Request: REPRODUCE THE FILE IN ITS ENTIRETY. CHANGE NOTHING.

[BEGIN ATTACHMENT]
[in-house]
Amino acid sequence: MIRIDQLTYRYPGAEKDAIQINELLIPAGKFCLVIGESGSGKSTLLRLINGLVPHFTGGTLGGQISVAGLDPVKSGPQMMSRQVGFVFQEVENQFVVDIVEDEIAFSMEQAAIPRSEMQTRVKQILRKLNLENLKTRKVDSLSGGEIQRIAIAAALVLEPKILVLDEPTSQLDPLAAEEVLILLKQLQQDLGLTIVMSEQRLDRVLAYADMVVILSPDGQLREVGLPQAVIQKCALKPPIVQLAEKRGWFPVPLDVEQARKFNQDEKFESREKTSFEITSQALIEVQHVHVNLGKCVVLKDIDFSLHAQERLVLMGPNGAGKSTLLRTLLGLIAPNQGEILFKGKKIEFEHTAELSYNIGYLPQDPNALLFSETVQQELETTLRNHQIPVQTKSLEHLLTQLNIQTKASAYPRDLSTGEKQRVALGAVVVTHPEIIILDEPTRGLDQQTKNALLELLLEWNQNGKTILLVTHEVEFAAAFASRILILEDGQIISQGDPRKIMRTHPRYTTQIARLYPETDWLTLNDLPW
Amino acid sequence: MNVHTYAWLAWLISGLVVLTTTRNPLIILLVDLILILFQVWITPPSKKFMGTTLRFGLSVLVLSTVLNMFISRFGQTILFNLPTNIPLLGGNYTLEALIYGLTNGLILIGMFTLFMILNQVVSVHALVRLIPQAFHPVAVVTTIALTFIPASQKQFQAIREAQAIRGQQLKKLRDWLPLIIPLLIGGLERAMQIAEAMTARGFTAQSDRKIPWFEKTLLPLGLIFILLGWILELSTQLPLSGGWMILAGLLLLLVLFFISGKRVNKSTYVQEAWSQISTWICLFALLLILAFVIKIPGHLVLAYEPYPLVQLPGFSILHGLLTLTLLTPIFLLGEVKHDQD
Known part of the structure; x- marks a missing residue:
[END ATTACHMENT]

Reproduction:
[in-house]
Amino acid sequence: MIRIDQLTYRYPGAEKDAIQINELLIPAGKFCLVIGESGSGKSTLLRLINGLVPHFTGGTLGGQISVAGLDPVKSGPQMMSRQVGFVFQEVENQFVVDIVEDEIAFSMEQAAIPRSEMQTRVKQILRKLNLENLKTRKVDSLSGGEIQRIAIAAALVLEPKILVLDEPTSQLDPLAAEEVLILLKQLQQDLGLTIVMSEQRLDRVLAYADMVVILSPDGQLREVGLPQAVIQKCALKPPIVQLAEKRGWFPVPLDVEQARKFNQDEKFESREKTSFEITSQALIEVQHVHVNLGKCVVLKDIDFSLHAQERLVLMGPNGAGKSTLLRTLLGLIAPNQGEILFKGKKIEFEHTAELSYNIGYLPQDPNALLFSETVQQELETTLRNHQIPVQTKSLEHLLTQLNIQTKASAYPRDLSTGEKQRVALGAVVVTHPEIIILDEPTRGLDQQTKNALLELLLEWNQNGKTILLVTHEVEFAAAFASRILILEDGQIISQGDPRKIMRTHPRYTTQIARLYPETDWLTLNDLPW
Amino acid sequence: MNVHTYAWLAWLISGLVVLTTTRNPLIILLVDLILILFQVWITPPSKKFMGTTLRFGLSVLVLSTVLNMFISRFGQTILFNLPTNIPLLGGNYTLEALIYGLTNGLILIGMFTLFMILNQVVSVHALVRLIPQAFHPVAVVTTIALTFIPASQKQFQAIREAQAIRGQQLKKLRDWLPLIIPLLIGGLERAMQIAEAMTARGFTAQSDRKIPWFEKTLLPLGLIFILLGWILELSTQLPLSGGWMILAGLLLLLVLFFISGKRVNKSTYVQEAWSQISTWICLFALLLILAFVIKIPGHLVLAYEPYPLVQLPGFSILHGLLTLTLLTPIFLLGEVKHDQD
Known part of the structure; x- marks a missing residue: